SOUTHWEST ASIA–(ENEWSPF)–April 23, 2017 — U.S. and coalition military forces continued to attack the Islamic State of Iraq and Syria yesterday, conducting 36 strikes consisting of 74 engagements, Combined Joint Task Force Operation Inherent Resolve officials reported today.
Officials reported details of yesterday’s strikes, noting that assessments of results are based on initial reports.
Strikes in Syria
In Syria, coalition military forces conducted 24 strikes consisting of 26 engagements against ISIS targets:
- Near Abu Kamal, two strikes destroyed three ISIS well heads.
- Near Dayr Az Zawr, four strikes destroyed 15 oil stills and five ISIS well heads.
- Near Raqqah, 10 strikes engaged an ISIS tactical unit, destroyed 24 ISIS oil facility assets and a fighting position.
- Near Tabqah, eight strikes engaged six ISIS tactical units and destroyed five fighting positions and two roadside bombs.
Strikes in Iraq
In Iraq, coalition military forces conducted 12 strikes consisting of 48 engagements against ISIS targets:
- Near Kisik, a strike suppressed two mortar teams.
- Near Mosul, six strikes engaged five ISIS tactical units; destroyed six mortar systems, four fighting positions, four rocket-propelled grenade systems, three ISIS vehicles, two front-end loaders, two ISIS watercraft, a weapons cache, and a tunnel; damaged 11 ISIS supply routes and a fighting position; and suppressed two ISIS tactical units.
- Near Qayyrarah, a strike engaged an ISIS tactical unit.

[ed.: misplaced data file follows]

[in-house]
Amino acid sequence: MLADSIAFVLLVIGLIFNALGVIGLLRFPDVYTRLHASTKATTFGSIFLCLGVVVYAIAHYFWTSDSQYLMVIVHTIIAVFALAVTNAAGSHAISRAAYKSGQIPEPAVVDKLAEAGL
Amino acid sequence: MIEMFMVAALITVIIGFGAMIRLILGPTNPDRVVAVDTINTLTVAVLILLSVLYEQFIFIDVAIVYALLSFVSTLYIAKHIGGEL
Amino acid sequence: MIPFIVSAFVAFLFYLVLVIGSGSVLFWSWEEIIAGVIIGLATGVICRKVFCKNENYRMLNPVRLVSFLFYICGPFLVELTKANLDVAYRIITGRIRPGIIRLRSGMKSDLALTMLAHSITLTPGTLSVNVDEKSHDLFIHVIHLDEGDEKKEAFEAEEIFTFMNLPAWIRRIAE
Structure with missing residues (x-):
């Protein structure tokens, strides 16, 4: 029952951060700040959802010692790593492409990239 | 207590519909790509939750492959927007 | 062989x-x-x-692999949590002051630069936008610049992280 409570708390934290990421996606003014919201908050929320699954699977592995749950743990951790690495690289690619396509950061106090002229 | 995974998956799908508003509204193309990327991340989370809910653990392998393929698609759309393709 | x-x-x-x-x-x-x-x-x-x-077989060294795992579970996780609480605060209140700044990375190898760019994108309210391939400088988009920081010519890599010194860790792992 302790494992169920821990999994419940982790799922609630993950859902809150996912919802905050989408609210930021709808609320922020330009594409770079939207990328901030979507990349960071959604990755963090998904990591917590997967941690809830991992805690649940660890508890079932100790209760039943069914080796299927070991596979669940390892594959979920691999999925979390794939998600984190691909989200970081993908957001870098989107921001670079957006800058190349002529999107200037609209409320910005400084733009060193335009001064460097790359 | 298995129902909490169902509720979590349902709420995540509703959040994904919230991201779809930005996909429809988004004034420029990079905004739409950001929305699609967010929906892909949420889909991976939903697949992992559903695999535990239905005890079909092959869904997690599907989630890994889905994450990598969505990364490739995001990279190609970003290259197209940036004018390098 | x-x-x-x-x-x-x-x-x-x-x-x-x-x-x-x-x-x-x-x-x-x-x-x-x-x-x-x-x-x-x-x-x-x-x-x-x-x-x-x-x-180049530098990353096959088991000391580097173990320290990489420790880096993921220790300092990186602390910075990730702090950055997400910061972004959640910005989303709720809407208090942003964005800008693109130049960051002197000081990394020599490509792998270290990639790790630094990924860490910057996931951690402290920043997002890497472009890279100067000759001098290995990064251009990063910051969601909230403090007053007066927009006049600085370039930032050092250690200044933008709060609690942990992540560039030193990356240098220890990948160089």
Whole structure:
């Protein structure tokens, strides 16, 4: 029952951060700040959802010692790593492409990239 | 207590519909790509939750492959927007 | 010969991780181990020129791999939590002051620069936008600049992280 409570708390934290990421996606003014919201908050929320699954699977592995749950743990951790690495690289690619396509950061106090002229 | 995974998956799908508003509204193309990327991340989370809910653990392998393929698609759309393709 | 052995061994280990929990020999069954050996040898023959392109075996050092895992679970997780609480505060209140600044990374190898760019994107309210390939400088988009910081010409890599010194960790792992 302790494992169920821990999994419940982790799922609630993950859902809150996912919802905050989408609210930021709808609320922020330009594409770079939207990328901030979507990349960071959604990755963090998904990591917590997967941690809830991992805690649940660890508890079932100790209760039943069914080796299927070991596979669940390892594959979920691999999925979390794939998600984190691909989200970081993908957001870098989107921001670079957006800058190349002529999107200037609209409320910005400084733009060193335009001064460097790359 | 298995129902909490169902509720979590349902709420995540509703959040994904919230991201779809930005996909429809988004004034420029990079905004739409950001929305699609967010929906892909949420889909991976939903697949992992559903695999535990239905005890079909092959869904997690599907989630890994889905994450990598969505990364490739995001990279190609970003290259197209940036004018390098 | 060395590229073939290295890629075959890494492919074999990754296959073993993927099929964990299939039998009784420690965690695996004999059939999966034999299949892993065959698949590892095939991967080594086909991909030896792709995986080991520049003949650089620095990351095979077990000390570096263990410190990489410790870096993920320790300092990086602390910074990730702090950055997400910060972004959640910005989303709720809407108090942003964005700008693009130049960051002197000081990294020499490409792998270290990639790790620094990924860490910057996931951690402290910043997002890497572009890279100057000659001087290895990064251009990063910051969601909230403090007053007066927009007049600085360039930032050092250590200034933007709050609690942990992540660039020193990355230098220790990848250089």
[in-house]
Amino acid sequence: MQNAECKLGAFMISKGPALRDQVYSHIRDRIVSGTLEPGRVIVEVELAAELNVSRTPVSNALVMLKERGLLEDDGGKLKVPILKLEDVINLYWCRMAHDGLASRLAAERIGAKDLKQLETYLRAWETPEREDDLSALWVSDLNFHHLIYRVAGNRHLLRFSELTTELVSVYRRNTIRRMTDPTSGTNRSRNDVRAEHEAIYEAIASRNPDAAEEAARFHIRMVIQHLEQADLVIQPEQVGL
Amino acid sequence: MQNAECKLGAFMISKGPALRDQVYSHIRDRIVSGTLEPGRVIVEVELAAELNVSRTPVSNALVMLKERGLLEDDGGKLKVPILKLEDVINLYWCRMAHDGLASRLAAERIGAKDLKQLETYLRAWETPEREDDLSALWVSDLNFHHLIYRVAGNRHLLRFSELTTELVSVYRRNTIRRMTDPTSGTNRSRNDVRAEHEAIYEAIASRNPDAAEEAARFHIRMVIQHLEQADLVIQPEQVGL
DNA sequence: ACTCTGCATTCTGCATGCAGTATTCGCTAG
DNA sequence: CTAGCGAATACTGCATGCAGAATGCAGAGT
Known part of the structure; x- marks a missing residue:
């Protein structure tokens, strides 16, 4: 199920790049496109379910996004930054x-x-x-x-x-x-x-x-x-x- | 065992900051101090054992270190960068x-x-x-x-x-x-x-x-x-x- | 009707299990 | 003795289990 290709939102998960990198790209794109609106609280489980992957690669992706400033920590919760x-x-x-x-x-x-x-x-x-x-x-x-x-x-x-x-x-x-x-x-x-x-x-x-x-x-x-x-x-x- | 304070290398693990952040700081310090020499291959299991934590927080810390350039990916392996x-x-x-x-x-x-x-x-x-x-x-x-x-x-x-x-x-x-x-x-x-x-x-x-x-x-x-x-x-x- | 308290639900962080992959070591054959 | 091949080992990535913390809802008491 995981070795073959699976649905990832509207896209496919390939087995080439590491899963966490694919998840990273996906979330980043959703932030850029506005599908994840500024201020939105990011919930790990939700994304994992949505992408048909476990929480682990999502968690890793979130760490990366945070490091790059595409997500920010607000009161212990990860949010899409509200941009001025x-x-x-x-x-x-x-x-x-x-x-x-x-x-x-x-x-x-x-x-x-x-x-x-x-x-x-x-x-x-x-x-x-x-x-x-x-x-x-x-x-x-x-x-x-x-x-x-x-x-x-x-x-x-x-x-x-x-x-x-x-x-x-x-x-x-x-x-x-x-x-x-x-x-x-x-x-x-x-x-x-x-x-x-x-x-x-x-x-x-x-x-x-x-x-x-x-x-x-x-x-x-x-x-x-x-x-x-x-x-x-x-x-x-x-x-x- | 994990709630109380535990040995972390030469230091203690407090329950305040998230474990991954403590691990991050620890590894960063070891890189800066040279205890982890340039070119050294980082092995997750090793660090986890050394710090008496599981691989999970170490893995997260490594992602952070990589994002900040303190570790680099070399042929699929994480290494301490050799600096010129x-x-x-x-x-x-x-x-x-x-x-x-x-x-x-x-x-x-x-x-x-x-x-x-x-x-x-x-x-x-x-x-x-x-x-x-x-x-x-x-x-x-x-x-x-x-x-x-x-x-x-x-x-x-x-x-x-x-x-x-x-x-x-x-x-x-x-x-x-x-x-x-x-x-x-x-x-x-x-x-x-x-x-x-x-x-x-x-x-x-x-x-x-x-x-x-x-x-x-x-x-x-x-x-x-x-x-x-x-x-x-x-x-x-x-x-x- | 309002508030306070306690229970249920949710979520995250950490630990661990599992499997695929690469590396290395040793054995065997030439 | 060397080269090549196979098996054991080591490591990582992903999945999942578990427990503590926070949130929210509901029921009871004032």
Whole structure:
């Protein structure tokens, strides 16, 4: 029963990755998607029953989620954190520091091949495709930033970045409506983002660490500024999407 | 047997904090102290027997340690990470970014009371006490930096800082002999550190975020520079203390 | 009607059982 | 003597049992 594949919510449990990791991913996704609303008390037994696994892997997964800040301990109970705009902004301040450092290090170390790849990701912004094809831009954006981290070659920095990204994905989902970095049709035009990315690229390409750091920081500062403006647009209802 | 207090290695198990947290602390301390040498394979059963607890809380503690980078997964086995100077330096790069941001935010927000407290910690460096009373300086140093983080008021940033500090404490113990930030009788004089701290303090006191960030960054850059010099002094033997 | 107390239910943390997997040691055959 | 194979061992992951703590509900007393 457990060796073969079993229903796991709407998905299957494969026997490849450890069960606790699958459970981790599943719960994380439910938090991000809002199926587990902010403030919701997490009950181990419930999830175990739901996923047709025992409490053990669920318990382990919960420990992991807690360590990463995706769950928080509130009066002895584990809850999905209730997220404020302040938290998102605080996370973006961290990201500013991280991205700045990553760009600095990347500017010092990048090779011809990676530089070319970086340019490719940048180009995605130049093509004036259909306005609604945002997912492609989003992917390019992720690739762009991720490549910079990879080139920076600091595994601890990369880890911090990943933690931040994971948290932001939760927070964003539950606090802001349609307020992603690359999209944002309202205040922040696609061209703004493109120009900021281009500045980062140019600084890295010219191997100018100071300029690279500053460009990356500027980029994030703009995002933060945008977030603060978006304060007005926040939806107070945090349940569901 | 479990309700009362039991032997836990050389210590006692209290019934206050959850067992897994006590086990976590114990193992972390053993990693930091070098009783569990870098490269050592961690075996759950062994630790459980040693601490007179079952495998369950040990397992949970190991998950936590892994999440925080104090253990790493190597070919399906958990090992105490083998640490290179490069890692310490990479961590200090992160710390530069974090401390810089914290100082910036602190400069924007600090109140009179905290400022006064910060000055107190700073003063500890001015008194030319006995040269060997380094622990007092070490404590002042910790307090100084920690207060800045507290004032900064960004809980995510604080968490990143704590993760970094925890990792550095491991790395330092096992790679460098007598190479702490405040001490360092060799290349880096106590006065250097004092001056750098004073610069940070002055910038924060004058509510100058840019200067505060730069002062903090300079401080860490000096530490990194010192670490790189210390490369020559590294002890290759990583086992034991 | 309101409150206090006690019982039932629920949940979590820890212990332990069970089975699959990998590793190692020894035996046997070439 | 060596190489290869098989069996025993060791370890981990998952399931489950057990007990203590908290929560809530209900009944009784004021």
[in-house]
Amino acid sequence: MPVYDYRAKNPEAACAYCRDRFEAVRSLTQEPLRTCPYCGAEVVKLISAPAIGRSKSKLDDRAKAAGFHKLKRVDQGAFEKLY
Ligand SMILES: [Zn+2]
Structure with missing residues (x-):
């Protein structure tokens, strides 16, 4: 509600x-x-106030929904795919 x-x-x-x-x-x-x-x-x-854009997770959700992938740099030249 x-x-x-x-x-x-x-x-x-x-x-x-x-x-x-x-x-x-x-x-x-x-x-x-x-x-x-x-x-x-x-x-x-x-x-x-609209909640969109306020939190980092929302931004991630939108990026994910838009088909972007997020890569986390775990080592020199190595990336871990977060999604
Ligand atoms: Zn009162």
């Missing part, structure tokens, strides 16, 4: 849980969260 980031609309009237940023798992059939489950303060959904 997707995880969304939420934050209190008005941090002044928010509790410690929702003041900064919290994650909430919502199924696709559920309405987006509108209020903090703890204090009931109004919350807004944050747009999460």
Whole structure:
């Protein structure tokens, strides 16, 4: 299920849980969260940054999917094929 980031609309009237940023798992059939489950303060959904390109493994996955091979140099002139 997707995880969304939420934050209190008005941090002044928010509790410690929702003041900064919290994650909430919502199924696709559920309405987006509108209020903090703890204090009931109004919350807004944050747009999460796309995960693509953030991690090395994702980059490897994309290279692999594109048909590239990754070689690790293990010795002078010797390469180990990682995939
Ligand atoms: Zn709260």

- Near Rawah, three strikes destroyed eight weapons caches and two ISIS staging areas.
- Near Tal Afar, a strike engaged an ISIS tactical unit and destroyed an ISIS fuel truck.
Additionally, two newly reported strikes were conducted April 20-21.
- April 20: Near Mosul, Iraq, a strike destroyed a rocket system.
- April 21: Near Tabqah, Syria, a strike suppressed an ISIS tactical unit
Part of Operation Inherent Resolve
These strikes were conducted as part of Operation Inherent Resolve, the operation to destroy ISIS in Iraq and Syria. The destruction of ISIS targets in Iraq and Syria also further limits the group’s ability to project terror and conduct external operations throughout the region and the rest of the world, task force officials said.
The list above contains all strikes conducted by fighter, attack, bomber, rotary-wing or remotely piloted aircraft; rocket-propelled artillery; and some ground-based tactical artillery when fired on planned targets, officials noted.
Ground-based artillery fired in counterfire or in fire support to maneuver roles is not classified as a strike, they added. A strike, as defined by the coalition, refers to one or more kinetic engagements that occur in roughly the same geographic location to produce a single or cumulative effect. For example, task force officials explained, a single aircraft delivering a single weapon against a lone ISIS vehicle is one strike, but so is multiple aircraft delivering dozens of weapons against a group of ISIS-held buildings and weapon systems in a compound, having the cumulative effect of making that facility harder or impossible to use. Strike assessments are based on initial reports and may be refined, officials said.
The task force does not report the number or type of aircraft employed in a strike, the number of munitions dropped in each strike, or the number of individual munition impact points against a target.